Who matches up best in yet another Packers-49ers title game?
For the eighth time in 25 years, the Packers and 49ers — both 14-3 this season — face off in the postseason. Green Bay leads 4-3 in what has been a memorable and sometimes spicy rivalry. San Francisco has won five of its six Super Bowl trips. Green Bay is 4-1.
No matchup has occurred as frequently in the past 25 years. The only teams to play more than eight times in the postseason in the Super Bowl era are the Rams and Cowboys. They met for the ninth time last January.
Here’s how the Packers and 49ers match up in Sunday’s NFC championship game:
WHEN THE PACKERS HAVE THE BALL
It’s all about Aaron, of course. Except that is Aaron Jones (33), the breakout running back who has balanced the Packers on offense. Jones is going to get his carries and, Green Bay hopes, his yards. The more he touches the ball, the better chance the Pack has.
Naturally, that means the other Aaron — you know, that guy Rodgers who wears No. 12 — isn’t forced to carry the attack. Rodgers has slowed a bit, but he’s still one of the five best quarterbacks in football, capable of making game-changing plays from the pocket or on the move.
What he doesn’t have, other than the brilliant Davante Adams (17), is a strong group of receivers. That could play into the Niners’ hands if they stick stud cornerback Richard Sherman (25) on Adams whenever feasible. But coordinator Robert Saleh prefers to keep Sherman on the left side. Oft-struggling Ahkello Witherspoon (23) has been benched for Emmanuel Moseley (41).
An Adams-Sherman battle, regardless of how often it occurs, could determine a winner, especially if the Niners clamp down on Jones. Green Bay’s offensive line looked off-kilter against Seattle far too many times, but it gets back RT Bryan Bulaga (75), who was ill last week. LT David Bakhtiari (69) excels but the rest of that unit could be done in by San Francisco’s terrific front seven. Rookie Nick Bosa (97) is the latest addition, and he’s a force on the outside. DT DeForest Buckner (99) has had a strong impact, and LBs Fred Warner (54) and Kwon Alexander (56), who is finally healthy, are formidable. Having edge rusher Dee Ford (55) back last week was huge, helping the Niners to six sacks against Minnesota.
WHEN THE 49ERS HAVE THE BALL
Unlike Green Bay, which relies almost solely on Jones for its running game, the 49ers have a three-pronged group in which Raheem Mostert (31) has emerged as the most impactful. But Tevin Coleman (26) comes off his best game of the season and Matt Breida (22) will be in the mix, too.
They operate behind a veteran line led by LT Joe Staley (74) and second-year RT Mike McGlinchey, and Kyle Juszczyk (44) is the NFL’s top fullback — as a blocker and receiver.
But the key on offense will be how well QB Jimmy Garoppolo (10) hooks up with All-Pro TE George Kittle (85), the most dynamic offensive player on either side. Kittle is a difference maker who will force Green Bay to use double coverage at times. Packers safeties Darnell Savage (26), their first-round draft pick last April, and Adrian Amos (31) will have a busy game. As will CBs Jaire Alexander (23) and Kevin King (20) covering Emmanuel Sanders (17), Kendrick Bourne (84) and the emerging rookie Deebo Samuel (19), who is fearless going over the middle.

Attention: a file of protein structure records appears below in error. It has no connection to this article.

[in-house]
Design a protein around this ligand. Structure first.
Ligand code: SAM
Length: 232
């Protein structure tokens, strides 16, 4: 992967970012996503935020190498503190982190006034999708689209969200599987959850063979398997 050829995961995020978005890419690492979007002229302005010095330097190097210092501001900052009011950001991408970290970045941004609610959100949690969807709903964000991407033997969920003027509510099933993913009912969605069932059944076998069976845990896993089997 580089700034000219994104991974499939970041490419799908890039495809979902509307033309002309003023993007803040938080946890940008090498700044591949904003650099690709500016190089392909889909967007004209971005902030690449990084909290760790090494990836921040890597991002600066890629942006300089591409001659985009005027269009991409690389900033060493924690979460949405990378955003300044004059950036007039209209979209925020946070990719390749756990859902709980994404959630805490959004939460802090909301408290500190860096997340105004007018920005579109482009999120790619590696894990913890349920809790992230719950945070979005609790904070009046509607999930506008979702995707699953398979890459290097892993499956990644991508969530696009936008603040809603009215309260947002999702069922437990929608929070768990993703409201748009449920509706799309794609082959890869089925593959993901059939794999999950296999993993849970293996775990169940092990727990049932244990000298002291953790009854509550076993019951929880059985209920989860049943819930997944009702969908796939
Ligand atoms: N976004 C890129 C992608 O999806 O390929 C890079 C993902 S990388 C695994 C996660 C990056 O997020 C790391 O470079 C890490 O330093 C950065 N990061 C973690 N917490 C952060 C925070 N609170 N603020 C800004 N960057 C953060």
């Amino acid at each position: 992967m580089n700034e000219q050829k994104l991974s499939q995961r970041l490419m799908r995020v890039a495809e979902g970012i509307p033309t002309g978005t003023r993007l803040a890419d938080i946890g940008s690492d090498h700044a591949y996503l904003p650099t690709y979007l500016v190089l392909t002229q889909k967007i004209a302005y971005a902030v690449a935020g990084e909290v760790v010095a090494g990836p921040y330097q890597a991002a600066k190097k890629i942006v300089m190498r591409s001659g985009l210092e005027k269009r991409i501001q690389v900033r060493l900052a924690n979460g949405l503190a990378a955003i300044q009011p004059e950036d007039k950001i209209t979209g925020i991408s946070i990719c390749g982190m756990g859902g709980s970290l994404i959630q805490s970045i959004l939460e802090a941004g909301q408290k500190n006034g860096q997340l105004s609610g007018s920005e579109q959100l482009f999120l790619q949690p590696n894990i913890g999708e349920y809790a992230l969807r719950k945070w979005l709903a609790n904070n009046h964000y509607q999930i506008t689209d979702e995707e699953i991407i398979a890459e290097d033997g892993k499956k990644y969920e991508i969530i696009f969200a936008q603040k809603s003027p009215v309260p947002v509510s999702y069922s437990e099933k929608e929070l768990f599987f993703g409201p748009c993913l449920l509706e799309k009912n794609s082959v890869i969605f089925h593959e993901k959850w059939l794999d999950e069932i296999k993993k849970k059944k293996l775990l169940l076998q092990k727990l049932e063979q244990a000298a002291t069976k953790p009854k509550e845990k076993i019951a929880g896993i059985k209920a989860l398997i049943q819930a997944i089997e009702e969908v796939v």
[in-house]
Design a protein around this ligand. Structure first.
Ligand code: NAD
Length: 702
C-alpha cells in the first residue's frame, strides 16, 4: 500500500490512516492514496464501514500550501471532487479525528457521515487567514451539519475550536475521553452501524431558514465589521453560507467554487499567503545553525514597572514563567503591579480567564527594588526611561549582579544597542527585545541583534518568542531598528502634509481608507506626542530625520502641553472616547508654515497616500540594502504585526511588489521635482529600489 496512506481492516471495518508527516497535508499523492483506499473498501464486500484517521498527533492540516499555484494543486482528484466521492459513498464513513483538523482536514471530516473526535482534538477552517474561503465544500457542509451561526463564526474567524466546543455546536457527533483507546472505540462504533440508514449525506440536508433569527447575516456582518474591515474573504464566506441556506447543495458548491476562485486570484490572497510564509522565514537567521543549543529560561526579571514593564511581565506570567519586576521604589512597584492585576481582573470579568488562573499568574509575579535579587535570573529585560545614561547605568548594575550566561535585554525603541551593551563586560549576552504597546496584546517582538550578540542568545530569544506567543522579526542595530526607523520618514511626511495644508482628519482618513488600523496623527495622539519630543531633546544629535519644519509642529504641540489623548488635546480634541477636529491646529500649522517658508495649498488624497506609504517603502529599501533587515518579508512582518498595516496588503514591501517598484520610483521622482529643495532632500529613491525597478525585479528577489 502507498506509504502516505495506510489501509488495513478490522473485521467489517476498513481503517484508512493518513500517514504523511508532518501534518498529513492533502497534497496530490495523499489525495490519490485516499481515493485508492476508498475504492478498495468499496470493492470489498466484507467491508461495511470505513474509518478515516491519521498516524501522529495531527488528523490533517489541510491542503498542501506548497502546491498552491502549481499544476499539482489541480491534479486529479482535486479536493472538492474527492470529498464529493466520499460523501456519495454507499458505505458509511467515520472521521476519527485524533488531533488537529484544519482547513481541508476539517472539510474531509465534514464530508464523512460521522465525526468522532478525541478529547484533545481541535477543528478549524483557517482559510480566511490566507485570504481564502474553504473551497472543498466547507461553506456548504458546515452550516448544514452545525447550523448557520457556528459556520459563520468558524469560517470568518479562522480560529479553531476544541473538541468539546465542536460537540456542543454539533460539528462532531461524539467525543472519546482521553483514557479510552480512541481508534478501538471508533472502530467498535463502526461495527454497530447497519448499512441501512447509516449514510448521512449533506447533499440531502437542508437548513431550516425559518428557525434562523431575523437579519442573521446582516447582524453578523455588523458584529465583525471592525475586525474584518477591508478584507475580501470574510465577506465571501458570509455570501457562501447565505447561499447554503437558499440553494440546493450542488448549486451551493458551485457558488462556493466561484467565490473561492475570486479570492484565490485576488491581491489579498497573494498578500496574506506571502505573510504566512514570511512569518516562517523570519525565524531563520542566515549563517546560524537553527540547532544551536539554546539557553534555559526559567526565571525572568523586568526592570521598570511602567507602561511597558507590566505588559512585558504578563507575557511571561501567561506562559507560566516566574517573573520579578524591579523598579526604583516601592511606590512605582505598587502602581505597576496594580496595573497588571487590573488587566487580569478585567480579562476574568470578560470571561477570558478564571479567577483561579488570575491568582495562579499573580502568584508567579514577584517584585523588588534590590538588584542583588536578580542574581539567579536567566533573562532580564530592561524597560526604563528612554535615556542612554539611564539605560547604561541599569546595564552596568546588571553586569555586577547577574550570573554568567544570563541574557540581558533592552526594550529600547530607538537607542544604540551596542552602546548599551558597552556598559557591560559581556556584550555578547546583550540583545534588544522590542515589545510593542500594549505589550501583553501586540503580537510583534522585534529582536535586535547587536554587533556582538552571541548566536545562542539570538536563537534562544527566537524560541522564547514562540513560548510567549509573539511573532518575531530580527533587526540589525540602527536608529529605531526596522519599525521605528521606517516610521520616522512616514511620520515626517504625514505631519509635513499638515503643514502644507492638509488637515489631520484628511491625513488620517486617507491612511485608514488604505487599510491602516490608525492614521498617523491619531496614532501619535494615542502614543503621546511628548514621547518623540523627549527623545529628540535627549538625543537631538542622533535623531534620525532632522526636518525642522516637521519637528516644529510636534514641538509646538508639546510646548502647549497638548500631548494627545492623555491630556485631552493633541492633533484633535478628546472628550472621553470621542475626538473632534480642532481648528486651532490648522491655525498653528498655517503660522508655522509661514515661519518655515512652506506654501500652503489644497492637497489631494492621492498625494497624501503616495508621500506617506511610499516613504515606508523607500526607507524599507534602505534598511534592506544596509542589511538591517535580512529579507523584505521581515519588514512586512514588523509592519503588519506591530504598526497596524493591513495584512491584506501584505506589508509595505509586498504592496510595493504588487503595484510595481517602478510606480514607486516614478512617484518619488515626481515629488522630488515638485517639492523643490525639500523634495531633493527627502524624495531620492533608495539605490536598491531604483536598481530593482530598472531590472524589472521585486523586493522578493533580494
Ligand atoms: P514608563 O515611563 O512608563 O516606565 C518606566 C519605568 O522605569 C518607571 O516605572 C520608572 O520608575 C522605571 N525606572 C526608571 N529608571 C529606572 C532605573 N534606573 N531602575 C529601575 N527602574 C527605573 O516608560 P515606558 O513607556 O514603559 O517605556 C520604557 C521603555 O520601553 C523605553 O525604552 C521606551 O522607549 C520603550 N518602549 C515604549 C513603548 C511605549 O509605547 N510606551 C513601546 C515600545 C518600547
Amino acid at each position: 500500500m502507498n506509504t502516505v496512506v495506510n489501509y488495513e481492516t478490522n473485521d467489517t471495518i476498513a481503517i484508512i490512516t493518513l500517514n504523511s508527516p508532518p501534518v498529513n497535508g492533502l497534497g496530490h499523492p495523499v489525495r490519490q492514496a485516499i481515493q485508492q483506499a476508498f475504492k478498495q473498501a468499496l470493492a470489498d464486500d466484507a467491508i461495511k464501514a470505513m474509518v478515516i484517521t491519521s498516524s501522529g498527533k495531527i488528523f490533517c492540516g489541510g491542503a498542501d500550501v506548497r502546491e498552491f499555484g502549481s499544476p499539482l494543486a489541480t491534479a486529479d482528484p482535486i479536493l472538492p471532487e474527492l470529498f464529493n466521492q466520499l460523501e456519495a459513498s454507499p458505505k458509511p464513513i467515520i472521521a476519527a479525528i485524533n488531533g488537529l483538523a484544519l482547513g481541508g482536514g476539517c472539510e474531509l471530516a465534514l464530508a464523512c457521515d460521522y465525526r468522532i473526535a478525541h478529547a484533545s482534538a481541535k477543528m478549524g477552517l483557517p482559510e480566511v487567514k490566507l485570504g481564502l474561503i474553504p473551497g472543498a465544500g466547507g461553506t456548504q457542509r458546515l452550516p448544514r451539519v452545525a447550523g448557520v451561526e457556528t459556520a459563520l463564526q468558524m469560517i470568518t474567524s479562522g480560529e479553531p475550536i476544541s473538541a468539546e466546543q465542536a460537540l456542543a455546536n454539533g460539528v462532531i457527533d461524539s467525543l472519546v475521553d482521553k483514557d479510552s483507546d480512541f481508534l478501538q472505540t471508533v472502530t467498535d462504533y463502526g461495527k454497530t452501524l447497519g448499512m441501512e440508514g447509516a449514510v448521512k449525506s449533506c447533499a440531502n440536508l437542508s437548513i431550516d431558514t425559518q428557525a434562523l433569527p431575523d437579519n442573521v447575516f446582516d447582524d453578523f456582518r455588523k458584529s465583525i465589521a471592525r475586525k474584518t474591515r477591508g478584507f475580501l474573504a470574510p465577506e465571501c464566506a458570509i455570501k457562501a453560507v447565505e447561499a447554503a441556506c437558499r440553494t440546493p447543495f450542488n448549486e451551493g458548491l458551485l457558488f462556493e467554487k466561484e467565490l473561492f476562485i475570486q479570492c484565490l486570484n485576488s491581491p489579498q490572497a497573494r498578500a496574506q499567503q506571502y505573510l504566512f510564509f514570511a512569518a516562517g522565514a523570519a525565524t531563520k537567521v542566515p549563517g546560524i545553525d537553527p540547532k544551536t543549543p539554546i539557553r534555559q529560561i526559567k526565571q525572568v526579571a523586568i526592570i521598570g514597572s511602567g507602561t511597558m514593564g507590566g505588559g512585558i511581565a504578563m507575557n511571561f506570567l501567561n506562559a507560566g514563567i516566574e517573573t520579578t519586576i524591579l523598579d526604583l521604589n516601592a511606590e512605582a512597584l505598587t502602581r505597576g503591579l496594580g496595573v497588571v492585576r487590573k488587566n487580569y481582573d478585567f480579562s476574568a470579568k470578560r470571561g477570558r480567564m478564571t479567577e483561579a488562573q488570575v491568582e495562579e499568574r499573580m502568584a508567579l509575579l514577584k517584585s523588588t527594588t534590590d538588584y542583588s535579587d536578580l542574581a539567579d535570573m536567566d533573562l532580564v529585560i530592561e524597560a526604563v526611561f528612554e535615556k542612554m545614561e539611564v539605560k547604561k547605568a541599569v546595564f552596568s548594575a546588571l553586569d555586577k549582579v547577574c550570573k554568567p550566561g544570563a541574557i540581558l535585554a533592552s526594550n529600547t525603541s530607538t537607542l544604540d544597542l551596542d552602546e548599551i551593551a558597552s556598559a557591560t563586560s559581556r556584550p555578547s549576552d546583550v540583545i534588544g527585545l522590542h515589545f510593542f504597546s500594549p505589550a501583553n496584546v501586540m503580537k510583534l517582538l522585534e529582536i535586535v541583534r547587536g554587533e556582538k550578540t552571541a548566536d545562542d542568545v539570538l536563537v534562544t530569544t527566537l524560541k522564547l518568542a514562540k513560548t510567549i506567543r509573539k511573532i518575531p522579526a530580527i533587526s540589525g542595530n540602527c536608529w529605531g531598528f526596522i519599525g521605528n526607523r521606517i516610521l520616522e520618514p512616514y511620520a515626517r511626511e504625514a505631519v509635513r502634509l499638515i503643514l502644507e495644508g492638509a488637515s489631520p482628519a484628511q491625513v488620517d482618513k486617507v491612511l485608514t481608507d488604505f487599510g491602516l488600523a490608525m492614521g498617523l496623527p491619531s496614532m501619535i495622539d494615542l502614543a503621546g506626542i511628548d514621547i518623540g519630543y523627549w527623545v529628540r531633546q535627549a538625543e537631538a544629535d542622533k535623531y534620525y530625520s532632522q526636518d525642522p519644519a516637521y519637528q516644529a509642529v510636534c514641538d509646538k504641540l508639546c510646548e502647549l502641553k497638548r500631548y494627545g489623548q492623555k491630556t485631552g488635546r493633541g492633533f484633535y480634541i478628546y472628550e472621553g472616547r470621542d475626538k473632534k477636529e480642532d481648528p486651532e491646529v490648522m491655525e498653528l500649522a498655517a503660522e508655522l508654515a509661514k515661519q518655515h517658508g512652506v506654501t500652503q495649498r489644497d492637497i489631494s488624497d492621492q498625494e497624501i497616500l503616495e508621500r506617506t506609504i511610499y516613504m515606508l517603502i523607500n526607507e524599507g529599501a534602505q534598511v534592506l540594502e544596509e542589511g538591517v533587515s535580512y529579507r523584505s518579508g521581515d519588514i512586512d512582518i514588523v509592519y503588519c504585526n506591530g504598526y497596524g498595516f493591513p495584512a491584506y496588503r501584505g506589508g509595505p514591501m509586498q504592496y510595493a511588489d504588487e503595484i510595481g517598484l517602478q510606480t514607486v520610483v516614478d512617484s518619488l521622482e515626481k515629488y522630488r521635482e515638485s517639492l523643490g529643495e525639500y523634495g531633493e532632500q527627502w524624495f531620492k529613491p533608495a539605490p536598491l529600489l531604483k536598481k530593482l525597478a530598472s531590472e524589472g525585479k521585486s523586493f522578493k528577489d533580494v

Don’t look for the Niners to get conservative unless they have a big late lead. They will keep attacking as long as the line can hold off Green Bay’s “Smith Brothers”, LBs Za’Darius (55) and Preston (91), on the outside, and Blake Martinez (50) inside.
Za’Darius Smith, who came from Baltimore as a free agent, had 37 quarterback hits and 13 1/2 sacks, while Preston Smith, late of Washington, had 23 QB hits and 12 sacks. Both were standouts against the Seahawks.
Both teams have veteran placekickers who have been through the postseason grind: San Francisco’s Robbie Gould (9) and Green Bay’s Mason Crosby (2). Gould is a bit more reliable.
Packers punters JT Scott (6) has had a much better season than the Niners’ Mitch Wishnowsky. Green Bay’s return and coverage teams aren’t stout, however, while San Francisco is a tad better.
Both head coaches oversaw significant turnarounds this season.
Kyle Shanahan, in his third year at the helm, took the 49ers from choosing second in the 2019 draft (Bosa was the prize) to the doorstep of their seventh Super Bowl. His versatile offense has been solid, and the defense under Saleh has looked immovable at times. The front line is superb, and Saleh, like Shanahan, stays aggressive all game.
There were questions about how Rodgers would meld with new coach Matt LaFleur. It hasn’t been an issue, and this is a more efficient ground offense than Rodgers has ever had.
Green Bay is more aggressive — and dangerous — on defense under coordinator Mike Pettine, who turns loose the Smith Brothers often and effectively.
The theory that Rodgers should have been to (and won) more than one Super Bowl in his Hall of Fame-caliber career has been kicked around. Rodgers is much closer to the end of his NFL stint and this could be his final shot.
Green Bay was routed by the 49ers during the regular season. Of course, that can be a motivator for San Francisco, knowing it romped on Nov. 24
San Francisco has an almost entirely different cast and look from when it made the 2013 Super Bowl, losing to Baltimore. Fans in the Bay Area still believe the Niners were robbed on a non-call on pass interference in the end zone in the final seconds.
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